“I’m hugely thankful to Lishka for offering her time, birding expertise, and talent for patient, engaged teaching to this group! My human-related highlight was spending time connecting with colleagues, a board member, and several associated family members, all of whom were generous in sharing their birding and naturalist knowledge at whatever level and curious about learning more. My bird-related highlight was gazing through the scope upon an American Avocet. I spend a lot of time seeing Avocet line drawings on Point Blue gear, so it was a delight to observe a real one gliding around in the shallow waters on the edge of Shollenberger marsh.” -Kait Schroeder

A Song Sparrow spotted in anise along the path from Shollenberger Marsh to Ellis Creek water recycling ponds. Credit: Christina Burnham.

“I liked that I got to learn a lot more bird species that live in my area. It was also nice to go on a walk in nature. I definitely know more about birds than I did before. Thank you!” -Nathaniel Schroeder (Age 10)

“I loved seeing the Northern Harrier busily scanning the marsh for prey- I can see how it earned its name! I’m a recent east coast transplant so learning to identify western birds in the area has become my new pastime. What better way to start than on this truly beautiful morning, strolling along the wetlands with so many of my new colleagues and their families! I also enjoyed digging around in the dirt for critters with Nathaniel.” -Christina Burnham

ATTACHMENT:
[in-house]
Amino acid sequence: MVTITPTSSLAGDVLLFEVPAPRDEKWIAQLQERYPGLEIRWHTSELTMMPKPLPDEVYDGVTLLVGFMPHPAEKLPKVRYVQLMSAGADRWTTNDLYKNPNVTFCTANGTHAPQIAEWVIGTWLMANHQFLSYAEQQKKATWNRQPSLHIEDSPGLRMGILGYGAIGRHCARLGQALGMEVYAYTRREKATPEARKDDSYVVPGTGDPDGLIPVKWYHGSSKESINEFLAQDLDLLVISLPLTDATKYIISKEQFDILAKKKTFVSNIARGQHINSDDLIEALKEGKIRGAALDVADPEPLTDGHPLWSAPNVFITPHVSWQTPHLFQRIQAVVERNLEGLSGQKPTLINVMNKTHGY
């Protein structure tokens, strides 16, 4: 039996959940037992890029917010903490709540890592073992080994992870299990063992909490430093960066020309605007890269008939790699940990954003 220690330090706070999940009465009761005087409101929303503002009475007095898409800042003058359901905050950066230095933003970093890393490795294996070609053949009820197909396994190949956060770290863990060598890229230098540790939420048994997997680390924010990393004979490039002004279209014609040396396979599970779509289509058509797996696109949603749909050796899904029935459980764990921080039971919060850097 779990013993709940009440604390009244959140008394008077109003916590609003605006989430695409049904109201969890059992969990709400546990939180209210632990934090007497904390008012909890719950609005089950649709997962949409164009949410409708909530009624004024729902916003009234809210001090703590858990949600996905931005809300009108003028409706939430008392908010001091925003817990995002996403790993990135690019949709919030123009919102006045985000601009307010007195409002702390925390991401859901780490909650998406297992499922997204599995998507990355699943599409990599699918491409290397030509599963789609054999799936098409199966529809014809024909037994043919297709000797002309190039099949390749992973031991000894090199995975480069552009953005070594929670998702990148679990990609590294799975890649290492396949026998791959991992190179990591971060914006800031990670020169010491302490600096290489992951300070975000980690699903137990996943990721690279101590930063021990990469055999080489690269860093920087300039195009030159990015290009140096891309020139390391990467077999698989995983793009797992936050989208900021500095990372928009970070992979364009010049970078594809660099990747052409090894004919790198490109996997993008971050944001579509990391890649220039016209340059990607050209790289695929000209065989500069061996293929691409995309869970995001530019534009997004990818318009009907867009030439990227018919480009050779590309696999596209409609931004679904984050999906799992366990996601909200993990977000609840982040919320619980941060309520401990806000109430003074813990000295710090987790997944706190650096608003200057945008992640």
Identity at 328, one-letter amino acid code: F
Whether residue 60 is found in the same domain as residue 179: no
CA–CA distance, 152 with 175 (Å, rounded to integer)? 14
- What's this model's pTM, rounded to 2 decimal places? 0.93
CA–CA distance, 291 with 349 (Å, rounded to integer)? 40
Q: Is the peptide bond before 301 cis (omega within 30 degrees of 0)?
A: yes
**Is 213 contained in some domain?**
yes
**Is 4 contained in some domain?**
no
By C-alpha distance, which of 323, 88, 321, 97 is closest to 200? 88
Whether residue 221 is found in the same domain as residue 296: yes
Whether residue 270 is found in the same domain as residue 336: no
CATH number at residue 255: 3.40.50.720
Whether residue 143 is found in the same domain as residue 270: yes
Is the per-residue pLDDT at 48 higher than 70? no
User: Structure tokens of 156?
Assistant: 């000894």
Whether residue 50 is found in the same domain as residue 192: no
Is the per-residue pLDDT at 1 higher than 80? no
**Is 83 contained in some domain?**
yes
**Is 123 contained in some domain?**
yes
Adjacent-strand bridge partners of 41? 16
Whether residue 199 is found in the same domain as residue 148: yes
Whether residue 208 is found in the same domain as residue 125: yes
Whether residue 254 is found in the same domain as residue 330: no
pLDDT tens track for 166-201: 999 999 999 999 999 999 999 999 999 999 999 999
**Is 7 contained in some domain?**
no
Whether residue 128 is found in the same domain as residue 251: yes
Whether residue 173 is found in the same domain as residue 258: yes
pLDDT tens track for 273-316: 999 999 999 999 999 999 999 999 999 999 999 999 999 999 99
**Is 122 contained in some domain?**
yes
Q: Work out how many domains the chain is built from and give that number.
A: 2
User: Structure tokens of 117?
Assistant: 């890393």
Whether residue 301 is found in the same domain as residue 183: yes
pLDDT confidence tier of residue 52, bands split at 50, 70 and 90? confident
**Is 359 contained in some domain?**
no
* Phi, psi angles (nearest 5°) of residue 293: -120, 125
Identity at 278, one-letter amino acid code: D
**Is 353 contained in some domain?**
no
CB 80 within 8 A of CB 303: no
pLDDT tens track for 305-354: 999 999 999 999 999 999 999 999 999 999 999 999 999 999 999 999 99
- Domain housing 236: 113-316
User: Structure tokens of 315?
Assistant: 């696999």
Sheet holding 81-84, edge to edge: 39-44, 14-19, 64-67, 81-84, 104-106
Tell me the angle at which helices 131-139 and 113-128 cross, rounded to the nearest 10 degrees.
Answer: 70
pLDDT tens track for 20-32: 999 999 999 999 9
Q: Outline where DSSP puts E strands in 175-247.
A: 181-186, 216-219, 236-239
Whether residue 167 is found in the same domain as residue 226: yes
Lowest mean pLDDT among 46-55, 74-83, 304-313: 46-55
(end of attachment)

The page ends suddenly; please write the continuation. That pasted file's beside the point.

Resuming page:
“I learned so many new bird species and am very grateful to Lishka for being a fantastic leader and Dez for helping with ID. It was my first birding excursion and I was a little nervous, but I quickly learned how everyone was in the same state and immediately felt comfortable. It was a blast! THANK YOU, FLEDGLINGS!” -Jordan Dixon

“It was my first time participating in a Point Blue Bird-A-Thon, and I am so happy it was with the Fledglings! Thank you Lishka for teaching us so much about bird ID! It was so much fun to start out my morning with bird watching, and I look forward to participating in more Bird-A-Thons in the future.” -Dezarhel Uy

Photo album

See more Fledglings photos here.

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Species Lists

Non-birds (8 total):

  1. Western Fence Lizard
  2. Red swamp crayfish
  3. Blue-eyed darner (dragonfly)
  4. Cardinal meadowlark (dragonfly)
  5. Common pillbug
  6. Common Cryptops (Cryptops hortensis, centipede)
  7. Argentine ants
  8. Monarch butterfly

Birds (43 total):

  1. Brewer’s Blackbird
  2. Red-winged Blackbird
  3. Bushtit
  4. Oak Titmouse
  5. Chestnut-backed Chickadee
  6. Double-crested Cormorant
  7. Common Raven
  8. American Crow
  9. California Scrub-Jay
  10. Gadwall
  11. Mallard
  12. Lesser Goldfinch
  13. Black Phoebe
  14. Wild Turkey
  15. Pied-billed Grebe
  16. Northern Harrier
  17. Anna’s Hummingbird
  18. Virginia Rail
  19. Sora
  20. Common Gallinule
  21. Greater Yellowlegs
  22. Killdeer
  23. Black-necked Stilt
  24. American Avocet
  25. Snowy Egret
  26. Long-billed Curlew
  27. White-crowned Sparrow
  28. Song Sparrow
  29. California Towhee
  30. Oregon Junco
  31. Northern Mockingbird
  32. Western Bluebird
  33. American Robin
  34. Turkey Vulture
  35. Yellow-rumped Warbler
  36. American Coot
  37. American White Pelican
  38. Great Egret
  39. Mute Swan
  40. Canada Goose
  41. Northern Flicker
  42. Nuttall’s Woodpecker
  43. Bewick’s Wren